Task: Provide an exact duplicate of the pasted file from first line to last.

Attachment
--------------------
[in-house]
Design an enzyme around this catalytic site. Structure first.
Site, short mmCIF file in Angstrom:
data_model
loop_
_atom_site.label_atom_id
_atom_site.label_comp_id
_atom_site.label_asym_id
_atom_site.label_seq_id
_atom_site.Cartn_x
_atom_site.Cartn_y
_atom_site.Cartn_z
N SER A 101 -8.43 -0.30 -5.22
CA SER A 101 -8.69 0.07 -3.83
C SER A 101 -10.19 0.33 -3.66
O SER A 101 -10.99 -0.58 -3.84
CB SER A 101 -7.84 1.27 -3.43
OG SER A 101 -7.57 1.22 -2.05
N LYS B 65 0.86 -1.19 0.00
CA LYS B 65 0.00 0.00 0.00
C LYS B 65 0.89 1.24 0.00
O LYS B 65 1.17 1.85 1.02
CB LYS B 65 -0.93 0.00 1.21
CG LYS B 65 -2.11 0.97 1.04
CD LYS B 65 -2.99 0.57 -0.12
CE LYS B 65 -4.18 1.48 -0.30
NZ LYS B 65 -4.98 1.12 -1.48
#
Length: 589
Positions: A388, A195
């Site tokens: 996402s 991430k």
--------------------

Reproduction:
[in-house]
Design an enzyme around this catalytic site. Structure first.
Site, short mmCIF file in Angstrom:
data_model
loop_
_atom_site.label_atom_id
_atom_site.label_comp_id
_atom_site.label_asym_id
_atom_site.label_seq_id
_atom_site.Cartn_x
_atom_site.Cartn_y
_atom_site.Cartn_z
N SER A 101 -8.43 -0.30 -5.22
CA SER A 101 -8.69 0.07 -3.83
C SER A 101 -10.19 0.33 -3.66
O SER A 101 -10.99 -0.58 -3.84
CB SER A 101 -7.84 1.27 -3.43
OG SER A 101 -7.57 1.22 -2.05
N LYS B 65 0.86 -1.19 0.00
CA LYS B 65 0.00 0.00 0.00
C LYS B 65 0.89 1.24 0.00
O LYS B 65 1.17 1.85 1.02
CB LYS B 65 -0.93 0.00 1.21
CG LYS B 65 -2.11 0.97 1.04
CD LYS B 65 -2.99 0.57 -0.12
CE LYS B 65 -4.18 1.48 -0.30
NZ LYS B 65 -4.98 1.12 -1.48
#
Length: 589
Positions: A388, A195
């Site tokens: 996402s 991430k």